Barry Brailsford OBE

The Power of Place

Barry Brailsford says his love of the land and the mystery of the past is his birthright. Born in Cobden, Te Ake Ake o Poutini, the ancient anchorage of the great navigator Poutini, and nurtured by the wild coastlines and forested mountains of New Zealand, he knew a childhood where his spirit was free to soar.

He graduated MA (Hons) in History at Canterbury University, was a member of the NZ Archaeology Association Council and a Principal Lecturer at the Christchurch College of Education.

In 1990 he was awarded an MBE for his contribution to education and Maori scholarship.

 

Histories of a Nation

In 1989, Te Pani Manawatu, of the Rangitane tribe, a surviving remnant of the Waitaha Nation, asked Barry to bring their ancient lore to the world. Te Pani, was the Ariki [Chief] of the Tuahuriri Runanga [Council] of Ngai Tahu, a major South Island tribe.

This was an unprecedented event in the history of Maori, an amazing moment in the relationship of the indigenous people and the nation. The sacred knowledge shared had never left the Inner School of Learning before and now someone, whose European ancestors arrived four generations ago, became the custodian of their greatest treasure.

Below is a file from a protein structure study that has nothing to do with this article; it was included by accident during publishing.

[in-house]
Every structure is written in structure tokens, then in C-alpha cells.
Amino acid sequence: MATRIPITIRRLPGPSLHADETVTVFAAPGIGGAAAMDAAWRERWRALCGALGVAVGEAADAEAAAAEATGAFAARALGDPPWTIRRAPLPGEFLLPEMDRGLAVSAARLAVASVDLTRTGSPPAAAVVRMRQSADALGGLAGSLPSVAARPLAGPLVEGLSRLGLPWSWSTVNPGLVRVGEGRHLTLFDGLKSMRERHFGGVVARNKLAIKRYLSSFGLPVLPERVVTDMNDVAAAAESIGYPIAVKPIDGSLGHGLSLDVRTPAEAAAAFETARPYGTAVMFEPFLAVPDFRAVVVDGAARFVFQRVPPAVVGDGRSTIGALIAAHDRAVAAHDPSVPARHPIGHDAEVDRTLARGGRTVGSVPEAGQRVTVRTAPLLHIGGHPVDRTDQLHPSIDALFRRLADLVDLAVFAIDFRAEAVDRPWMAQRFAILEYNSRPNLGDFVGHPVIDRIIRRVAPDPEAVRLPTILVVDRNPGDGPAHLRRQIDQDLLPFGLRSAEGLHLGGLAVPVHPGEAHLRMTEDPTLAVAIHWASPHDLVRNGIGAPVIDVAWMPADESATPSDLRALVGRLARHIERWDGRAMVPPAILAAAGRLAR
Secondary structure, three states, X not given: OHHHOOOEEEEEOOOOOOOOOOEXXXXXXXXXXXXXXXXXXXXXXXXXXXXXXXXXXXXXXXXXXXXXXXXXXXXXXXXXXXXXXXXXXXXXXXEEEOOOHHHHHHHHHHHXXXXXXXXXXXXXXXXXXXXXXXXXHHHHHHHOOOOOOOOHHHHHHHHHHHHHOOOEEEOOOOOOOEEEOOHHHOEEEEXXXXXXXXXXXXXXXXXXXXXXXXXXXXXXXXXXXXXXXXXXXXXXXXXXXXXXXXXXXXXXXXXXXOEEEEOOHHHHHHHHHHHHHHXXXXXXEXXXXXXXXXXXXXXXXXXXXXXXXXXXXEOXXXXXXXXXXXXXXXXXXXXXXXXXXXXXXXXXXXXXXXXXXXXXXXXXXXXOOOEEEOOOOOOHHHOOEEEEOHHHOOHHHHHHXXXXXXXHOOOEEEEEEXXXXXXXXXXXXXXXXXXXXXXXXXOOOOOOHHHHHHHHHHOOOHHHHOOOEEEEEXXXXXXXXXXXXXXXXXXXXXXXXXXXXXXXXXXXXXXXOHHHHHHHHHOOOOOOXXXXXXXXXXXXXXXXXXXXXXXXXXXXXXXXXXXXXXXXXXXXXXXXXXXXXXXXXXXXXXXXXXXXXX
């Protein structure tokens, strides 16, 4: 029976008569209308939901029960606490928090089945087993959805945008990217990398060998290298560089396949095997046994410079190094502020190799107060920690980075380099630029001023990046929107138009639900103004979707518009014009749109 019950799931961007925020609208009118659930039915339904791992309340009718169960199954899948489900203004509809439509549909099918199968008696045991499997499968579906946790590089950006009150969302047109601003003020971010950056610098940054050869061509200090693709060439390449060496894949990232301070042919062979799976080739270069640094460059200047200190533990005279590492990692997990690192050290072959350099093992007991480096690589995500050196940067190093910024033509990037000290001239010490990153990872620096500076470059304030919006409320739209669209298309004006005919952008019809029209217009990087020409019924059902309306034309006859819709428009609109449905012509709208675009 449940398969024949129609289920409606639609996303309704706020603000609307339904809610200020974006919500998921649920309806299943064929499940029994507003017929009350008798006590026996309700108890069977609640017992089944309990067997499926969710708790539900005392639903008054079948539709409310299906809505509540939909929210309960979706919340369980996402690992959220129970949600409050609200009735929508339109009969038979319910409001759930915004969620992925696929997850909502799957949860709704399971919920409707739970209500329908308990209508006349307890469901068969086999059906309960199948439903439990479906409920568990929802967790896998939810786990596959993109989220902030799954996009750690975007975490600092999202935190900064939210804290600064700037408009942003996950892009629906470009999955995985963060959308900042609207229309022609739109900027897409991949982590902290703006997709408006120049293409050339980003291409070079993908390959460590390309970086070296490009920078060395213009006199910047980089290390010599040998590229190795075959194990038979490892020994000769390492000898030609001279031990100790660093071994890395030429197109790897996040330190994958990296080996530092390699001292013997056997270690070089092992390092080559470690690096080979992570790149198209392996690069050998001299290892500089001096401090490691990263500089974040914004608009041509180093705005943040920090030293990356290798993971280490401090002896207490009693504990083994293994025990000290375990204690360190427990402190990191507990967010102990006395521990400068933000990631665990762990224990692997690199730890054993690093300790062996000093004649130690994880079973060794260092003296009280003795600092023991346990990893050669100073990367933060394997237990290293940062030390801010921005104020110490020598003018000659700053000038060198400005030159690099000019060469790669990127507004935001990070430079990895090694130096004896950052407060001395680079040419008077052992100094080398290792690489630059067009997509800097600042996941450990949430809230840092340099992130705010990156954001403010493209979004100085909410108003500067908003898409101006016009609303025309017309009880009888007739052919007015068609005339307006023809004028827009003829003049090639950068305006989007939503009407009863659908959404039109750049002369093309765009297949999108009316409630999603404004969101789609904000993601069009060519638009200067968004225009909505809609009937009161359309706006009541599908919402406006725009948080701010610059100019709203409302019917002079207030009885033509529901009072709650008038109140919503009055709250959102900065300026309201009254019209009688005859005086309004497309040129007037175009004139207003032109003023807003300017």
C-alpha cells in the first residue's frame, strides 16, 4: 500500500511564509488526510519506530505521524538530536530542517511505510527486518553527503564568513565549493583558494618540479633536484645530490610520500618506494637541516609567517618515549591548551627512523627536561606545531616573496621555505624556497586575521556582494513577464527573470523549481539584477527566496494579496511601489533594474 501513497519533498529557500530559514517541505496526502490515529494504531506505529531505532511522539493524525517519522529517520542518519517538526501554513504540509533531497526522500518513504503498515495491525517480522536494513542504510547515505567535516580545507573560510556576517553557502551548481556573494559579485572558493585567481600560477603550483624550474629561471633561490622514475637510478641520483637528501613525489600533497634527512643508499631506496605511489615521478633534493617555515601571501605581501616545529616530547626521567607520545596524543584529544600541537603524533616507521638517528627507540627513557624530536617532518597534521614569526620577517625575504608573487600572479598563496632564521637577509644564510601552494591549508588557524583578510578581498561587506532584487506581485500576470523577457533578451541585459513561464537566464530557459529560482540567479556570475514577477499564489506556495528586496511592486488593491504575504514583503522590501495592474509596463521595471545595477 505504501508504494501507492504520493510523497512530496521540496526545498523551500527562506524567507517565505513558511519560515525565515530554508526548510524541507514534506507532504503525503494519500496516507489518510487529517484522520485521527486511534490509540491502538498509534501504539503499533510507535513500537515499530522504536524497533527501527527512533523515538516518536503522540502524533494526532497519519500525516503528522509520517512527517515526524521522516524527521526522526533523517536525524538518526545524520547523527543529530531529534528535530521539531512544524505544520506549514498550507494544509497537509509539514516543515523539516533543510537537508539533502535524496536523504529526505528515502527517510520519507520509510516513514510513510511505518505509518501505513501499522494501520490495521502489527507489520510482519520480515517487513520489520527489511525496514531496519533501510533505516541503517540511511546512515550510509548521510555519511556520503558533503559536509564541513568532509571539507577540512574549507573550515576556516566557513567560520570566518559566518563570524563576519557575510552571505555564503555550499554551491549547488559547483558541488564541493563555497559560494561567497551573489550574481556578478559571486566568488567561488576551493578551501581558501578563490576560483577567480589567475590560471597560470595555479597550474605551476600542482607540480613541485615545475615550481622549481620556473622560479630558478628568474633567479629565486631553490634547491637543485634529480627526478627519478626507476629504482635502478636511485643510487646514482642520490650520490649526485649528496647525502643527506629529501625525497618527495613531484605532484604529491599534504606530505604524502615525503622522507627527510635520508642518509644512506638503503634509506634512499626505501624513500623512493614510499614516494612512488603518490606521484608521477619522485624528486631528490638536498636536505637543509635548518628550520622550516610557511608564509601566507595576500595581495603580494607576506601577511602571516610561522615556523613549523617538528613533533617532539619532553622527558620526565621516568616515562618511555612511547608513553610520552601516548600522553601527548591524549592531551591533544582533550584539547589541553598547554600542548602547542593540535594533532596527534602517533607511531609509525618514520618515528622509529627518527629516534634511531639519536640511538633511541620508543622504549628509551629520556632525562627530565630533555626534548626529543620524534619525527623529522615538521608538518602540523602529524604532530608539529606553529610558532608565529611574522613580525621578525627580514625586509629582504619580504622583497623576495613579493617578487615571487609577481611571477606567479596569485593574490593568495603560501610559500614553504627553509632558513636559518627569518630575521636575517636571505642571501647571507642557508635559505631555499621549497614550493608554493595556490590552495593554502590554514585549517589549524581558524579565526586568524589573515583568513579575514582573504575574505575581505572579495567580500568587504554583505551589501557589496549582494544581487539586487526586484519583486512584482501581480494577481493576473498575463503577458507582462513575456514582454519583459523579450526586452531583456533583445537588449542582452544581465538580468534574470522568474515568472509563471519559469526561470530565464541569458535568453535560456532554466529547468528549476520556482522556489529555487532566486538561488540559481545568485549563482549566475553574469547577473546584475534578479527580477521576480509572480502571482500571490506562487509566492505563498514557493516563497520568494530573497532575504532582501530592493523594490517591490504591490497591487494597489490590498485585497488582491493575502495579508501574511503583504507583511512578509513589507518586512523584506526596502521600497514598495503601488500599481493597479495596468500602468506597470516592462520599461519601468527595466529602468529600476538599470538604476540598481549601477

To this day some Maori wonder why the elders stepped beyond their own to find the voice to carry their message to the world. When setting the task, Te Pani Manawatu said…

‘You have been chosen to write the record of our ancestors and tell the story of Waitaha because of your skill and the awhi [support] you gave the people of Ngai Tahu during the Waitangi Tribunal hearings. This is not the easiest of tasks because of the things that have been hidden away from the majority of the people.

‘People will ridicule all the things you say and do in the name of Waitaha… it is a dangerous journey, it is a hard journey… you must walk it as a student… write what you learn and hear in peace and love… carry your cross well for it is a heavy one that you bear.’

A unique alignment of the stars, foretold centuries before, opened the way for the Waitaha wisdom keepers to share their sacred lore. It was time for the people of peace to stand tall once more.

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